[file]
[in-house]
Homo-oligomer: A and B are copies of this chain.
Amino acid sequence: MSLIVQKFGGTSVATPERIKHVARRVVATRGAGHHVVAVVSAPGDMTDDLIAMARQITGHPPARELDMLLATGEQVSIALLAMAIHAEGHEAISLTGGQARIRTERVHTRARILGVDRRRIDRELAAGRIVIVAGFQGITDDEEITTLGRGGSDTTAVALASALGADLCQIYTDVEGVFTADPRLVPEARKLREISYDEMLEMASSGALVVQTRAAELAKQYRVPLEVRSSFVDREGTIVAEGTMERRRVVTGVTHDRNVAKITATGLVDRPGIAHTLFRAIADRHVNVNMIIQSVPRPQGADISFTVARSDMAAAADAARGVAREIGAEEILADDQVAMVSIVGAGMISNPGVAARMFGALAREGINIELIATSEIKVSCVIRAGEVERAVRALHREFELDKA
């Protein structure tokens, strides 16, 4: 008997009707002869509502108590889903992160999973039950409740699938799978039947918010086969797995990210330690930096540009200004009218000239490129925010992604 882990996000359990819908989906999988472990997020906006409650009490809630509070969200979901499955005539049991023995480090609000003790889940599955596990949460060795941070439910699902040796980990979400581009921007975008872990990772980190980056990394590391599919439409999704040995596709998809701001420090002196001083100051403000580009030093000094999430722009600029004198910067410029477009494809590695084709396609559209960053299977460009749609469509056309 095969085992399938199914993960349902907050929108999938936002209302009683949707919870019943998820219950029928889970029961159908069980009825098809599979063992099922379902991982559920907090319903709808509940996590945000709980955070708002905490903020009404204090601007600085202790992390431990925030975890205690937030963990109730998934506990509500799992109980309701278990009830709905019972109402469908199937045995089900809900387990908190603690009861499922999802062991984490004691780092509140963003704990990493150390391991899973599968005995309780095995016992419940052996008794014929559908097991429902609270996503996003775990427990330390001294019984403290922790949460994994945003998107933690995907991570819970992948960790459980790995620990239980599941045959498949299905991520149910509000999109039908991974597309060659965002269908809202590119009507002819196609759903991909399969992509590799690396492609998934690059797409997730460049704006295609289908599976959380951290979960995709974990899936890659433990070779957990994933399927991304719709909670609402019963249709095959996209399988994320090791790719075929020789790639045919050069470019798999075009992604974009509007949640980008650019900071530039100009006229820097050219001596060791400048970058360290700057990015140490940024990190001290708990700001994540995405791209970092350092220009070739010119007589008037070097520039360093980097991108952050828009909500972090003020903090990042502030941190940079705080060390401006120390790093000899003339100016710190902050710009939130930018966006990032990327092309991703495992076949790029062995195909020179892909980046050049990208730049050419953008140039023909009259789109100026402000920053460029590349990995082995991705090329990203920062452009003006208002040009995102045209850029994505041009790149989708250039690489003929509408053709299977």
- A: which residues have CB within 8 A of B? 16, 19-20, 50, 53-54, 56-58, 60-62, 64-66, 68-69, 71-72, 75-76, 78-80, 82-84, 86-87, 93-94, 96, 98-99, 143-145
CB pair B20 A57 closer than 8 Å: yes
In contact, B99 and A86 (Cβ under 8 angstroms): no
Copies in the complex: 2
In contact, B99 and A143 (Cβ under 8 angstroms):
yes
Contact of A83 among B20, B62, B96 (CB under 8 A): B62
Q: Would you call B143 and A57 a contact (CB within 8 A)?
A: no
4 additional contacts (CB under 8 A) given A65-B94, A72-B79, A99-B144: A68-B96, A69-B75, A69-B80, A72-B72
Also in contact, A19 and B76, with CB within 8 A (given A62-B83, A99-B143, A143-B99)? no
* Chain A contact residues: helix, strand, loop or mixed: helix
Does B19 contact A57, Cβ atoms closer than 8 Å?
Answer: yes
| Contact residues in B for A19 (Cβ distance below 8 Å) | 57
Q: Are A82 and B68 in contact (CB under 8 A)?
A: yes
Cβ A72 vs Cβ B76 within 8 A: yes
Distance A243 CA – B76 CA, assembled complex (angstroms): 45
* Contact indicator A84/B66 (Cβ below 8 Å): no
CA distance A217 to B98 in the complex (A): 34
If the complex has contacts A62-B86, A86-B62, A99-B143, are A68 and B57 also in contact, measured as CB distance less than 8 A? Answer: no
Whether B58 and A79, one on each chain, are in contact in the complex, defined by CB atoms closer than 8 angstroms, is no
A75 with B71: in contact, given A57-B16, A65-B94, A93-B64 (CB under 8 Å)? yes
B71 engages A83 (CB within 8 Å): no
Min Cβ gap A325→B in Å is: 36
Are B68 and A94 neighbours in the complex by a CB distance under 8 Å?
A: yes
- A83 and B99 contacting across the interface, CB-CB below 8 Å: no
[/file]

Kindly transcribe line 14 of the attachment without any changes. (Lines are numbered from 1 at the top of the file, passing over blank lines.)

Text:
4 additional contacts (CB under 8 A) given A65-B94, A72-B79, A99-B144: A68-B96, A69-B75, A69-B80, A72-B72